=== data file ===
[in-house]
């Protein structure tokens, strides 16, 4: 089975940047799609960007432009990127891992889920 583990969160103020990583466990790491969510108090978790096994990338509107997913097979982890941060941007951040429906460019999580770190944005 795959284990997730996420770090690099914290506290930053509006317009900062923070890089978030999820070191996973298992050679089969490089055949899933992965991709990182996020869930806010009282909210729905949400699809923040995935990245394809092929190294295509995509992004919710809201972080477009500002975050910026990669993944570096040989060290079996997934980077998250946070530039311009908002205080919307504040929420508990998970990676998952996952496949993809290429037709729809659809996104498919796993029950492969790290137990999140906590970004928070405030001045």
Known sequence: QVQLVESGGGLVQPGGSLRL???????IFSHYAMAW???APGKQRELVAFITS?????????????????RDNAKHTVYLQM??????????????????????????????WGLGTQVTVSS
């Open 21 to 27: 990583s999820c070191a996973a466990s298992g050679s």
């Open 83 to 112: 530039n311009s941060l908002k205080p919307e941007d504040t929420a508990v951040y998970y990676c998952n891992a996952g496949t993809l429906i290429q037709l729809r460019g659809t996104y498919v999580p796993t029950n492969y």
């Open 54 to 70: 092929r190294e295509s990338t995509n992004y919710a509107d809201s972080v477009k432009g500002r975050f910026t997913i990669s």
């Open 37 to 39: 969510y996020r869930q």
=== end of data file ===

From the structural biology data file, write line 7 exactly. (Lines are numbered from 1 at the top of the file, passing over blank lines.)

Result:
């Open 37 to 39: 969510y996020r869930q």